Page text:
Luminaries such as W.E.B. DuBois, James Baldwin, and Zora Neale Hurston are likely the first that come to mind when you hear the term ‘Harlem Renaissance’. But there are other figures less well known who also deserve attention.
Regina Anderson is the subject of a new biography, which aims to show what a pivotal role she played in the literary and cultural development of that period. Anderson’s life reads like something out of a book one of the authors of the Harlem Renaissance might have dreamed up. When she moved to New York City in 1921, she had no intention of becoming a Harlem habitué. Anderson was simply interested in finding work in the New York City Public Library system, and applied for a position.
Although segregation was still in effect in many parts of the country, the New York City Public Library system was technically integrated. But, applicants for jobs within the system were often sent to branches based on the intersection of their own race and that of the neighborhoods of various branches.
Anderson’s ancestry could be traced to numerous countries, including precolonial America, Sweden, Madagascar, and India. When the application for a library position asked her to list her race, she wrote simply “American.”
Ernestine Rose, head of that branch, was eagerly exploring the boundaries of what a library could be and mean for a community. Rose allowed the library to serve as a meeting spot for groups like the National Association for the Advancement of Colored People (NAACP), the Anti-Lynching Crusaders, and high school clubs focusing on black history.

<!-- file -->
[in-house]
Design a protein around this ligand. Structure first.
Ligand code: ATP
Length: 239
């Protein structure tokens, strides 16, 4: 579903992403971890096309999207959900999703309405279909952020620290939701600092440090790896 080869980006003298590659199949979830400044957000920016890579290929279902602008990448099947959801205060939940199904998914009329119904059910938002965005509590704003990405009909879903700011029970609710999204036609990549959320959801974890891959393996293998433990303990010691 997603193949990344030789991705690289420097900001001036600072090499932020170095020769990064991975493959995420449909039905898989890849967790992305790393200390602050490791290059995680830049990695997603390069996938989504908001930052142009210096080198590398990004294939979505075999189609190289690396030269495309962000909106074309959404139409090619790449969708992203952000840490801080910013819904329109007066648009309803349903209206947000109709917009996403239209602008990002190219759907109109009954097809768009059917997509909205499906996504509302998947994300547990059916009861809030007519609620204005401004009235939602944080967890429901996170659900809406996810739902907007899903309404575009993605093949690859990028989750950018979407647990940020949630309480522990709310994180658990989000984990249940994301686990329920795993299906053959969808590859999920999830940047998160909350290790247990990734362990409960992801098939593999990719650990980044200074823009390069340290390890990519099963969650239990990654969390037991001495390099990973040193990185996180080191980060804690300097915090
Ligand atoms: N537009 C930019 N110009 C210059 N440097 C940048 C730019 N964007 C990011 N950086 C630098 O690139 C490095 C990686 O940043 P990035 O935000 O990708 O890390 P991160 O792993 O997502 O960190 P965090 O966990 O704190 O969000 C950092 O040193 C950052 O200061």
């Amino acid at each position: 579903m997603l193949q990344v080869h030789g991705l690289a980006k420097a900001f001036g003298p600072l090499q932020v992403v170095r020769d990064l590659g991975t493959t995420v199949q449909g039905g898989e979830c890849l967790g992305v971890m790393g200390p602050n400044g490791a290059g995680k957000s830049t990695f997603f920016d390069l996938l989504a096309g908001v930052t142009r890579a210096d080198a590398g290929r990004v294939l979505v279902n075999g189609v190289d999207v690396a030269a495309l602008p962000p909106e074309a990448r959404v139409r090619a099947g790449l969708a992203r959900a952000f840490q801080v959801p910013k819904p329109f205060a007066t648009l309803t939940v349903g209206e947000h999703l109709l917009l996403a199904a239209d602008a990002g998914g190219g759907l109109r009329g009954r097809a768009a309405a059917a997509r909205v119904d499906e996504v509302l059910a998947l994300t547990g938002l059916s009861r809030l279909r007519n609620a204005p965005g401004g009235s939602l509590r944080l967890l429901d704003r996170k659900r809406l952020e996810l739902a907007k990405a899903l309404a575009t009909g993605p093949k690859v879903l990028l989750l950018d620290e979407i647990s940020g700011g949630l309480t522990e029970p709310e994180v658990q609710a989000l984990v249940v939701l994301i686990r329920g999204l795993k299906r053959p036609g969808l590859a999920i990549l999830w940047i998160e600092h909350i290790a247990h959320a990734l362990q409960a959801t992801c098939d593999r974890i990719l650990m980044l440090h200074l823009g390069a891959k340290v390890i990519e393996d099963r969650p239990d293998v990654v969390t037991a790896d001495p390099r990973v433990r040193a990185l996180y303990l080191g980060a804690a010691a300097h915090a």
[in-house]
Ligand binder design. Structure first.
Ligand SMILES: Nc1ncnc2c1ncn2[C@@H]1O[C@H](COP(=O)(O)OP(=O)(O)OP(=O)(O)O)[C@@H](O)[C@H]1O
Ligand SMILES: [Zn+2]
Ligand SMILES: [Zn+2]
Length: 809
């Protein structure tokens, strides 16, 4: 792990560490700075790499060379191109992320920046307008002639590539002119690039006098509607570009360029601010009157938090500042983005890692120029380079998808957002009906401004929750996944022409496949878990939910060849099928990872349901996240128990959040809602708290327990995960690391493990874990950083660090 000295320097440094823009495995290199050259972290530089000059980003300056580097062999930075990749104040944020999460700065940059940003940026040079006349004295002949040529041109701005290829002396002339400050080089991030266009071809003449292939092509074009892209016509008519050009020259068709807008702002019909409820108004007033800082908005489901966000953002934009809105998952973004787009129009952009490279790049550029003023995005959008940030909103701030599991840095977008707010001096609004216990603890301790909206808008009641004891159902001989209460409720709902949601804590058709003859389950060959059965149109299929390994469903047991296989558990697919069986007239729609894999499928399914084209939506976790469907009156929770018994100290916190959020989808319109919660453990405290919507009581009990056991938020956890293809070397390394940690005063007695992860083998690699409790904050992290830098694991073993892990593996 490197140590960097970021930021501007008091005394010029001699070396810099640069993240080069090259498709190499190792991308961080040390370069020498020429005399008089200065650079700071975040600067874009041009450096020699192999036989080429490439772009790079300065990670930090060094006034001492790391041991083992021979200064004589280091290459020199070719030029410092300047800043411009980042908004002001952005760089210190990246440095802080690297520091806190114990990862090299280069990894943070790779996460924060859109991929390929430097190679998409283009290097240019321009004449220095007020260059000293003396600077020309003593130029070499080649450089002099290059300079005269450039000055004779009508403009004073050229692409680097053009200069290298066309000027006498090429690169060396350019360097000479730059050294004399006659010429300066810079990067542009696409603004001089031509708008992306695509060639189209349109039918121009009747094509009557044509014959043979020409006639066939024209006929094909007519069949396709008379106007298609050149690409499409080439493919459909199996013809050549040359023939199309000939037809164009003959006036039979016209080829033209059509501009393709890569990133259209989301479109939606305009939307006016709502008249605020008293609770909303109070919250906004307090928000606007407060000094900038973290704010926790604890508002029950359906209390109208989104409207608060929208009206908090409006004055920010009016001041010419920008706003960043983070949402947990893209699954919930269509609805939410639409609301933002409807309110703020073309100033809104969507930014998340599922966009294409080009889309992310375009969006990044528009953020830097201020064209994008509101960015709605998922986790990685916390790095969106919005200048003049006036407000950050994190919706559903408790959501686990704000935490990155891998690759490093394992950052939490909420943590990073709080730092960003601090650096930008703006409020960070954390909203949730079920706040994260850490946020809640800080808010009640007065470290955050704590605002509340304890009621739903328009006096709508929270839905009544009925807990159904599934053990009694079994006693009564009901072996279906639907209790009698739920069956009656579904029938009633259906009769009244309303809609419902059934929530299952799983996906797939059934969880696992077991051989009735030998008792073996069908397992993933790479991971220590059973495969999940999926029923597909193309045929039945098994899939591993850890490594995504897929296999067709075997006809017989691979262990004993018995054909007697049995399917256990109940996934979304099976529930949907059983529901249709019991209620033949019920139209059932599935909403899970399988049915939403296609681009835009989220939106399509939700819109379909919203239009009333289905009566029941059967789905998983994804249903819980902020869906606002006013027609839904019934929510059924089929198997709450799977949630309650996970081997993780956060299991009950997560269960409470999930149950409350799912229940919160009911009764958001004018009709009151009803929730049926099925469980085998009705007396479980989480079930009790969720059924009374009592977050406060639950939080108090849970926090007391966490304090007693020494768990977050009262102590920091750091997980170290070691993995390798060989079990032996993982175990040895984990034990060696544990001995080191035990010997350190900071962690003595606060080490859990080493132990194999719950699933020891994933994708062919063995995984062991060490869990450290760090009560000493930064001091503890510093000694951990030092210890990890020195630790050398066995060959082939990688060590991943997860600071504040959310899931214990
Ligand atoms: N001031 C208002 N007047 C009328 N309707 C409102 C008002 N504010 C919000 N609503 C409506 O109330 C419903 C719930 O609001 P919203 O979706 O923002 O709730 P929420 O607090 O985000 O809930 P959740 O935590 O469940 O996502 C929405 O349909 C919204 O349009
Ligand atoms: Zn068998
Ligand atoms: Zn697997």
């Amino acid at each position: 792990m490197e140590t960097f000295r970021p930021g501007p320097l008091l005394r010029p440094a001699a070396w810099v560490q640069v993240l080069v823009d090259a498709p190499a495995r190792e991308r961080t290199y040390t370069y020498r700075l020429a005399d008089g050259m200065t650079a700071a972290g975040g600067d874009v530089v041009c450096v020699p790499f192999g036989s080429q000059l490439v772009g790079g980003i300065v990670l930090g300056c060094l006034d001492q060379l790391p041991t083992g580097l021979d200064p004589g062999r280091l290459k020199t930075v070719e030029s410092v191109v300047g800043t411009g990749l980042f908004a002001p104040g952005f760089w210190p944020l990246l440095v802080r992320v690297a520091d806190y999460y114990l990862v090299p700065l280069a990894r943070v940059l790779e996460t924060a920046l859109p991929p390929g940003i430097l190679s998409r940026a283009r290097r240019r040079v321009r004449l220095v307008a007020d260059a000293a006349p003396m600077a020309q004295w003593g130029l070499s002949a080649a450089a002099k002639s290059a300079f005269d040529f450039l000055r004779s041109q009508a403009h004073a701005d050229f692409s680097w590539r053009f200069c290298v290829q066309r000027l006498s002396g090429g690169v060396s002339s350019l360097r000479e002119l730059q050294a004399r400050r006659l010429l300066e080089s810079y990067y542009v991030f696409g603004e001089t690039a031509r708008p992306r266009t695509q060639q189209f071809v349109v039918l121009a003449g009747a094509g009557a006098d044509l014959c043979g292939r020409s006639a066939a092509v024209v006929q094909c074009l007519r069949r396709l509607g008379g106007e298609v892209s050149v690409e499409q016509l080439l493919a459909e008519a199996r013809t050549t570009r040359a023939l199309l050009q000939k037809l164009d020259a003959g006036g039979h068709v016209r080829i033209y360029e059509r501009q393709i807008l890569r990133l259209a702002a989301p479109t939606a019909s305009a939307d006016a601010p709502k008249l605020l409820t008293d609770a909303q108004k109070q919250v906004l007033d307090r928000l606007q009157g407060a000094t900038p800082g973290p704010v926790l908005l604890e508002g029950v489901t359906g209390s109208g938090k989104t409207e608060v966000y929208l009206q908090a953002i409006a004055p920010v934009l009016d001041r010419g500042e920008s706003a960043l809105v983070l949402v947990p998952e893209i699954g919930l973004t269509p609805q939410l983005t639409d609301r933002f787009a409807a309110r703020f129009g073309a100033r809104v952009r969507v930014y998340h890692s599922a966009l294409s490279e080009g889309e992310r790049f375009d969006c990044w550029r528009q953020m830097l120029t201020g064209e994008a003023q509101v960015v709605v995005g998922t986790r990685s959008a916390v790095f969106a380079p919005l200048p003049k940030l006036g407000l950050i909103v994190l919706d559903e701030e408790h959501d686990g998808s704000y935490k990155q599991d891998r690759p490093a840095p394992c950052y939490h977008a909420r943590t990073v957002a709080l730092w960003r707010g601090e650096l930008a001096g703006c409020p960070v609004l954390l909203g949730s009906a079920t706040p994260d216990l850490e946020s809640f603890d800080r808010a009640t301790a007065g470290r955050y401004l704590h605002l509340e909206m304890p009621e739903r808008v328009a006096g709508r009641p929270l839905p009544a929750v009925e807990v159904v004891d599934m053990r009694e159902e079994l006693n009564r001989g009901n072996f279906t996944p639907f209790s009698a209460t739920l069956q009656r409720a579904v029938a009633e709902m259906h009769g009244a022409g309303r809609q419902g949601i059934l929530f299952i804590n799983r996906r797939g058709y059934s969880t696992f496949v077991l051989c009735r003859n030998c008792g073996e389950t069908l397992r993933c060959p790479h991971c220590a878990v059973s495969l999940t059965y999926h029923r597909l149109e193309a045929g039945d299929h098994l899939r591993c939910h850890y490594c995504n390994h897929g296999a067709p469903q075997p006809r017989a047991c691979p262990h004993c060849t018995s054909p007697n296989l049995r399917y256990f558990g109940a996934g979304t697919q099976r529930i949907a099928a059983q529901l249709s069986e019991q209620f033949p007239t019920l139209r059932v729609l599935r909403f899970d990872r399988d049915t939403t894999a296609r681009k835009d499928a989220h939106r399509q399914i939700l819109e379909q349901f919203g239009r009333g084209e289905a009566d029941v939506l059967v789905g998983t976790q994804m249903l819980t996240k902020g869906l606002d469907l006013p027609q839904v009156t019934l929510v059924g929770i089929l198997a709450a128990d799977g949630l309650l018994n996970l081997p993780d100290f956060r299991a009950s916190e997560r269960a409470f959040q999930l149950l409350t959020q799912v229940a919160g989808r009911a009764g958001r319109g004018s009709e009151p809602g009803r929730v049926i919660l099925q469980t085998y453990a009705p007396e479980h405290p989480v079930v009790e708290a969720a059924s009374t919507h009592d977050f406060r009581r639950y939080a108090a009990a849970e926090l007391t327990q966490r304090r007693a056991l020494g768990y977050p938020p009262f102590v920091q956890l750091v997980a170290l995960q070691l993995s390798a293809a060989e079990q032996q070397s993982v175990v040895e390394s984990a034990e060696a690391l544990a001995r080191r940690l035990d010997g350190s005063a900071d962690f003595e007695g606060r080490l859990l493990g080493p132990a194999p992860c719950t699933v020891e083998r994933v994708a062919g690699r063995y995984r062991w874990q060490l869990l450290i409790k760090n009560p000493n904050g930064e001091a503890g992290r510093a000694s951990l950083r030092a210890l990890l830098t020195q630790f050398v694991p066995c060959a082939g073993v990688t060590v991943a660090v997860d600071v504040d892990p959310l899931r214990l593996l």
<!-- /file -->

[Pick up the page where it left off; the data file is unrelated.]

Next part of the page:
Anderson’s exposure to this advocacy both educated and inspired Anderson. She began educating herself on elements of African American history she hadn’t known about, and then began organizing forums and lectures by prominent activists focusing on the pressing issues of the day.
Organizing these talks is how Anderson began to get to know her famous friends. One such talk featured women’s health advocate Margaret Sanger. She was escorted to the lecture by the police, who wanted to prevent her from distributing pamphlets about birth control. Another featured W.E.B. DuBois, who received a letter from Anderson asking when (not if) he would be available to speak, and requesting an introduction to one of his friends.
The rest of Anderson’s integration into the Harlem Renaissance was thanks to her voracious literary appetite. She would skim up to seven or eight new books a day so she could recommend them to the authors she was cultivating, among whom were Langston Hughes and Claude McKay. Anderson also made sure the authors had workspace so that they could focus on their projects.
Anderson lived in a beautiful apartment. Her two roommates worked at the magazine Opportunity, a well-known magazine in the African-American community that attracted prominent writers and artists as contributors. Their apartment turned into a salon for many of the leading names of the Harlem Renaissance. One of the roommates’ fathers was friends with DuBois, who would take them on outings to Coney Island for oysters and shrimp cocktails.
DuBois would also be instrumental in helping Anderson push through some of the racist policies that stalled her advancement at the library. He wrote numerous letters to the library and boycotted the library when they refused to promote Anderson.
In 1938, Anderson finally became the first head of a New York Public Library branch on 115th Street. Later in her career she would helm the Washington Heights branch.
Anderson retired in 1966, and spent her later years traveling. She passed away in 1993.
Anderson’s contributions to the alchemy of talent and inspiration that defined the vibrant Harlem Renaissance have been largely forgotten. Now, they are getting some of the attention they deserve. Anderson’s story sparks consideration of the question of who gets written into history in a starring role and who takes a backseat.
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